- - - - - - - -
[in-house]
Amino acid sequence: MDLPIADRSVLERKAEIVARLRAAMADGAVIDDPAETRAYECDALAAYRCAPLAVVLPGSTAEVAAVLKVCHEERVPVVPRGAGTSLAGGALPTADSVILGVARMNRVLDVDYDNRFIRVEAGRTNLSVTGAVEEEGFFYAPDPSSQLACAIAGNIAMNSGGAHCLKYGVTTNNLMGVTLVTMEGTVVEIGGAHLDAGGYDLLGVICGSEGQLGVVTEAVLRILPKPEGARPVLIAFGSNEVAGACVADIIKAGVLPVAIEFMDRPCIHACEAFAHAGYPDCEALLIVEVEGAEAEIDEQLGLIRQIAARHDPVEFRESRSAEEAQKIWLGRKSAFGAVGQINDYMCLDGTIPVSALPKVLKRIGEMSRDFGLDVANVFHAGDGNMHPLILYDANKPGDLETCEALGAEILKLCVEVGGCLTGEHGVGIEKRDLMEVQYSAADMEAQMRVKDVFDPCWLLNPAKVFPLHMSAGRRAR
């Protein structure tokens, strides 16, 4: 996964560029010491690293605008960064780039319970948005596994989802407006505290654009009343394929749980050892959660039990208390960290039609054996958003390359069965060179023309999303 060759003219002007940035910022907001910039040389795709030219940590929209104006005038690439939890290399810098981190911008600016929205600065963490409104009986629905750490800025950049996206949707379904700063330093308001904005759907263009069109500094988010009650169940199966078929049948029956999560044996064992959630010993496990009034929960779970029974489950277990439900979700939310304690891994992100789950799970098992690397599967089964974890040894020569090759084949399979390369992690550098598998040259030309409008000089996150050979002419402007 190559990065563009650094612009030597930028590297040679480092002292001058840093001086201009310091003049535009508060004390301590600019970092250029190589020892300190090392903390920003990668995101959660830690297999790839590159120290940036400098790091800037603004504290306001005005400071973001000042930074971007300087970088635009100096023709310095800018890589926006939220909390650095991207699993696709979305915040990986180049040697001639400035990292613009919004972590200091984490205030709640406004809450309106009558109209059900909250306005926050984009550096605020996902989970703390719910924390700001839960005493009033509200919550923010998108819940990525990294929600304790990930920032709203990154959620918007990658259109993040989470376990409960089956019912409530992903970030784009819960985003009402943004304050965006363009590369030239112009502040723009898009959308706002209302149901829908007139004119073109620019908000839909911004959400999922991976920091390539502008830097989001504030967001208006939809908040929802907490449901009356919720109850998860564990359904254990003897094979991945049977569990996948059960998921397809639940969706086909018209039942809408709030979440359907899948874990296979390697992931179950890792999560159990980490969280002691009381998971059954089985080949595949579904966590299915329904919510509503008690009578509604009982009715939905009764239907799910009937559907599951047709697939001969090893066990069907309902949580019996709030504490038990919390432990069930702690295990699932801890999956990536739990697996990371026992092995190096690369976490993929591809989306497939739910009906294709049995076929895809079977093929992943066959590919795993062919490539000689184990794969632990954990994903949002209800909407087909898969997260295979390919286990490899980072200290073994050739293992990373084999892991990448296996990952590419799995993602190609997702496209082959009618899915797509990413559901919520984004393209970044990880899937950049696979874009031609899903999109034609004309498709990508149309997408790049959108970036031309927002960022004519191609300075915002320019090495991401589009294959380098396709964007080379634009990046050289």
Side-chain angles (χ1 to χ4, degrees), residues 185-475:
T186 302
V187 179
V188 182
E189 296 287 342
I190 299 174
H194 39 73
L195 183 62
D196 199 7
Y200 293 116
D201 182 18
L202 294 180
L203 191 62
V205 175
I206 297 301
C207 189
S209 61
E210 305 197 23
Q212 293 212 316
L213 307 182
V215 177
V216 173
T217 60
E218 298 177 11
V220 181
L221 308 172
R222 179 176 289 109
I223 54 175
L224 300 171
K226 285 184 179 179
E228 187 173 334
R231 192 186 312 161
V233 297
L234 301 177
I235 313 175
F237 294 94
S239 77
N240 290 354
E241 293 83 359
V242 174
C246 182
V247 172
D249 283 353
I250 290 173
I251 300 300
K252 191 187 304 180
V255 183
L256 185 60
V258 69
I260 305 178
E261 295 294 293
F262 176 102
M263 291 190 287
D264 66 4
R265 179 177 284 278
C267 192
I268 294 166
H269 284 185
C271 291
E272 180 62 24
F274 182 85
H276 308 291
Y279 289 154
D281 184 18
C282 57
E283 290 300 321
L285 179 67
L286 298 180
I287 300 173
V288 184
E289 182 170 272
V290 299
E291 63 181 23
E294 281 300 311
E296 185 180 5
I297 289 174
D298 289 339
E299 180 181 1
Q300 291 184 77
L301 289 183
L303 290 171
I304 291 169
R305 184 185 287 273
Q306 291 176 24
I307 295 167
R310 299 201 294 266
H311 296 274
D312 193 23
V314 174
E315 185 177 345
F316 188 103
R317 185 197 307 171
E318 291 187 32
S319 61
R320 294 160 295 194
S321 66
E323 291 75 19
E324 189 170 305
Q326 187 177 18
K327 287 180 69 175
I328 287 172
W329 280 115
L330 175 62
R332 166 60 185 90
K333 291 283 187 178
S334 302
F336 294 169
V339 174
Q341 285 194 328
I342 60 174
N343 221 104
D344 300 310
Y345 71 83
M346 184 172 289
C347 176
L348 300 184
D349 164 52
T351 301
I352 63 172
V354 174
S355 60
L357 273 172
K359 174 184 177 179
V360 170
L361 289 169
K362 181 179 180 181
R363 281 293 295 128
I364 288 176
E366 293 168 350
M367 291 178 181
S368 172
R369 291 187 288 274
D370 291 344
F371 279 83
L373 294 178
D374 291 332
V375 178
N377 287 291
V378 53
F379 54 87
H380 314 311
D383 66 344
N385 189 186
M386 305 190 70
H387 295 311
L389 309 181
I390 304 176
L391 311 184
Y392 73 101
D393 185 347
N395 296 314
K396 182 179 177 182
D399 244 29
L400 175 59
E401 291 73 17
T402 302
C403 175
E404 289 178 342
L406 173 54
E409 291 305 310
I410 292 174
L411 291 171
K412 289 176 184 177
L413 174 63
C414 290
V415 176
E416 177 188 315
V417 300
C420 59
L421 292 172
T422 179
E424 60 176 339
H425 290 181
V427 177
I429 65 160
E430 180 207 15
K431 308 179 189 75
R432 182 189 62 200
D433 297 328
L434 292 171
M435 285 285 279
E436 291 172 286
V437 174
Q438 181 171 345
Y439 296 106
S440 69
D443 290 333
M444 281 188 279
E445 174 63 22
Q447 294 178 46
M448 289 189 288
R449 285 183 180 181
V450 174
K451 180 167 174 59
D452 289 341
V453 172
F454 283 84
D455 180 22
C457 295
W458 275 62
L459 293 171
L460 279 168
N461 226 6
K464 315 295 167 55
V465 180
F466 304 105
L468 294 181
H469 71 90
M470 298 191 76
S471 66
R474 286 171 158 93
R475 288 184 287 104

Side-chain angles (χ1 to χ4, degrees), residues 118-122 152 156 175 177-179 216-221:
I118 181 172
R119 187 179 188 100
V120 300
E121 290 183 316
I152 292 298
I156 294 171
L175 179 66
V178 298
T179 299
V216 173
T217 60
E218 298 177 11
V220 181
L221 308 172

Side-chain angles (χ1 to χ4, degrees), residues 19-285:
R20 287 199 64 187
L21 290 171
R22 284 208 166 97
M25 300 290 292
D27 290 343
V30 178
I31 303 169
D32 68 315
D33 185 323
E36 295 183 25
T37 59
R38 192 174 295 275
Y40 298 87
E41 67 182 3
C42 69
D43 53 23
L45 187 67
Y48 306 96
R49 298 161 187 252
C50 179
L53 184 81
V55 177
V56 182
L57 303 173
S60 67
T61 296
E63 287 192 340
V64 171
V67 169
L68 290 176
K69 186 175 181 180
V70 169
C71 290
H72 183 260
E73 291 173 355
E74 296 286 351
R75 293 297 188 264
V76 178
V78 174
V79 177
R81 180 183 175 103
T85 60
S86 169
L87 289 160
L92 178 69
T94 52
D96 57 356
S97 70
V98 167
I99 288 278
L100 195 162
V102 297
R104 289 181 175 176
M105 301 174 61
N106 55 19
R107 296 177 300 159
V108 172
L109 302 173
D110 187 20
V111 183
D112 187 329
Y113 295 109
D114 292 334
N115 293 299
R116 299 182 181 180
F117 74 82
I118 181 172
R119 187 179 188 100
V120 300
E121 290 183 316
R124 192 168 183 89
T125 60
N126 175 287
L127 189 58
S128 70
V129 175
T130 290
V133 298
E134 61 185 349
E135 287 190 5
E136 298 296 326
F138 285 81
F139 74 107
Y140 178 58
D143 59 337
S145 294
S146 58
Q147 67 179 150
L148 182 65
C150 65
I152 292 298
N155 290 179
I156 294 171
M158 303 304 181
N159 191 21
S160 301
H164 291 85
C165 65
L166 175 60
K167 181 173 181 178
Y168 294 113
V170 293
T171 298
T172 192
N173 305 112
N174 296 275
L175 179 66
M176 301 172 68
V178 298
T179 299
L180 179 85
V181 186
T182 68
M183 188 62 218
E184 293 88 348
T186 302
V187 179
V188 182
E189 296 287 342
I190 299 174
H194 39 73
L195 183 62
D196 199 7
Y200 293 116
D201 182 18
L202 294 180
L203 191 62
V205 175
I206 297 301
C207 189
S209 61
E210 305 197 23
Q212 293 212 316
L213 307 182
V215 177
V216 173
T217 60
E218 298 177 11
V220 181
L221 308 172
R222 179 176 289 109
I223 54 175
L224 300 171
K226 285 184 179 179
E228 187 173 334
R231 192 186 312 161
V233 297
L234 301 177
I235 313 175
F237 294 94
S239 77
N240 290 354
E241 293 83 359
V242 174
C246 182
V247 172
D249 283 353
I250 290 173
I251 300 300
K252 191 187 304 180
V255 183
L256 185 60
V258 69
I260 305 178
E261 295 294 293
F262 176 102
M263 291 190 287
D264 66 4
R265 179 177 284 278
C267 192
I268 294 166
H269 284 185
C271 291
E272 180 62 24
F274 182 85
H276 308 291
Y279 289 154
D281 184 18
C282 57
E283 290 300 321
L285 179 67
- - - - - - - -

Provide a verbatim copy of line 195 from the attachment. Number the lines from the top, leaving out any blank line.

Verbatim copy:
R449 285 183 180 181